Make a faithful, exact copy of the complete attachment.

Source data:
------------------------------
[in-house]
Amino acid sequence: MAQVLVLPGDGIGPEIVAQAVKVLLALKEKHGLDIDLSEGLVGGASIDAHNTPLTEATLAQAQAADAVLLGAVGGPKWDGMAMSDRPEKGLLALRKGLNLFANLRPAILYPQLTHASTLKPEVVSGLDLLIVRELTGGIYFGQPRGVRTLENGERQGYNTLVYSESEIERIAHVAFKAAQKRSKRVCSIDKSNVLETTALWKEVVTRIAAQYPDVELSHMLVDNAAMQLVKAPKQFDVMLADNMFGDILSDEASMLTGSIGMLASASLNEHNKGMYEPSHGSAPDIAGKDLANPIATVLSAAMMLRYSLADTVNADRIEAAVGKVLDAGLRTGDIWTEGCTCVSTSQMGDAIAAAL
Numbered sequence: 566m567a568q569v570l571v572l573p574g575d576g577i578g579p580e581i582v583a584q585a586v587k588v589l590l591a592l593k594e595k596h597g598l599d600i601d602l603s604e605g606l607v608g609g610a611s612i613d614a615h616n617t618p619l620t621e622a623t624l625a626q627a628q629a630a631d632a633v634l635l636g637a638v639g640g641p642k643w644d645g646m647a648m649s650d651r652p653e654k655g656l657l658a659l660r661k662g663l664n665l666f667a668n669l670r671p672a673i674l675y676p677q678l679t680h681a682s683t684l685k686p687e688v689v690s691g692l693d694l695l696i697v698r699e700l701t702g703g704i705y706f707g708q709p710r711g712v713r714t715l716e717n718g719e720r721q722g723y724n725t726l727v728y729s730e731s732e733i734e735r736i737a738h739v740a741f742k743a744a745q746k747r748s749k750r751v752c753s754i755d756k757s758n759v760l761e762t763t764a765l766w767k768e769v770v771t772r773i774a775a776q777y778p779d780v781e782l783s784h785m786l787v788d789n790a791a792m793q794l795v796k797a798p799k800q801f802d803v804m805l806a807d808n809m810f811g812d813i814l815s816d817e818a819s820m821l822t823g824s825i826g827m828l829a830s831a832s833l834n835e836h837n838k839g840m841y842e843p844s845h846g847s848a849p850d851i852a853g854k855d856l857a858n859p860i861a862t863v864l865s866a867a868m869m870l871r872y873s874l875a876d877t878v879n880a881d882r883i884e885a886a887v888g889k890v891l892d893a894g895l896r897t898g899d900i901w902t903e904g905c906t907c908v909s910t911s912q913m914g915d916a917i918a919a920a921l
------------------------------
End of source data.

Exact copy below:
[in-house]
Amino acid sequence: MAQVLVLPGDGIGPEIVAQAVKVLLALKEKHGLDIDLSEGLVGGASIDAHNTPLTEATLAQAQAADAVLLGAVGGPKWDGMAMSDRPEKGLLALRKGLNLFANLRPAILYPQLTHASTLKPEVVSGLDLLIVRELTGGIYFGQPRGVRTLENGERQGYNTLVYSESEIERIAHVAFKAAQKRSKRVCSIDKSNVLETTALWKEVVTRIAAQYPDVELSHMLVDNAAMQLVKAPKQFDVMLADNMFGDILSDEASMLTGSIGMLASASLNEHNKGMYEPSHGSAPDIAGKDLANPIATVLSAAMMLRYSLADTVNADRIEAAVGKVLDAGLRTGDIWTEGCTCVSTSQMGDAIAAAL
Numbered sequence: 566m567a568q569v570l571v572l573p574g575d576g577i578g579p580e581i582v583a584q585a586v587k588v589l590l591a592l593k594e595k596h597g598l599d600i601d602l603s604e605g606l607v608g609g610a611s612i613d614a615h616n617t618p619l620t621e622a623t624l625a626q627a628q629a630a631d632a633v634l635l636g637a638v639g640g641p642k643w644d645g646m647a648m649s650d651r652p653e654k655g656l657l658a659l660r661k662g663l664n665l666f667a668n669l670r671p672a673i674l675y676p677q678l679t680h681a682s683t684l685k686p687e688v689v690s691g692l693d694l695l696i697v698r699e700l701t702g703g704i705y706f707g708q709p710r711g712v713r714t715l716e717n718g719e720r721q722g723y724n725t726l727v728y729s730e731s732e733i734e735r736i737a738h739v740a741f742k743a744a745q746k747r748s749k750r751v752c753s754i755d756k757s758n759v760l761e762t763t764a765l766w767k768e769v770v771t772r773i774a775a776q777y778p779d780v781e782l783s784h785m786l787v788d789n790a791a792m793q794l795v796k797a798p799k800q801f802d803v804m805l806a807d808n809m810f811g812d813i814l815s816d817e818a819s820m821l822t823g824s825i826g827m828l829a830s831a832s833l834n835e836h837n838k839g840m841y842e843p844s845h846g847s848a849p850d851i852a853g854k855d856l857a858n859p860i861a862t863v864l865s866a867a868m869m870l871r872y873s874l875a876d877t878v879n880a881d882r883i884e885a886a887v888g889k890v891l892d893a894g895l896r897t898g899d900i901w902t903e904g905c906t907c908v909s910t911s912q913m914g915d916a917i918a919a920a921l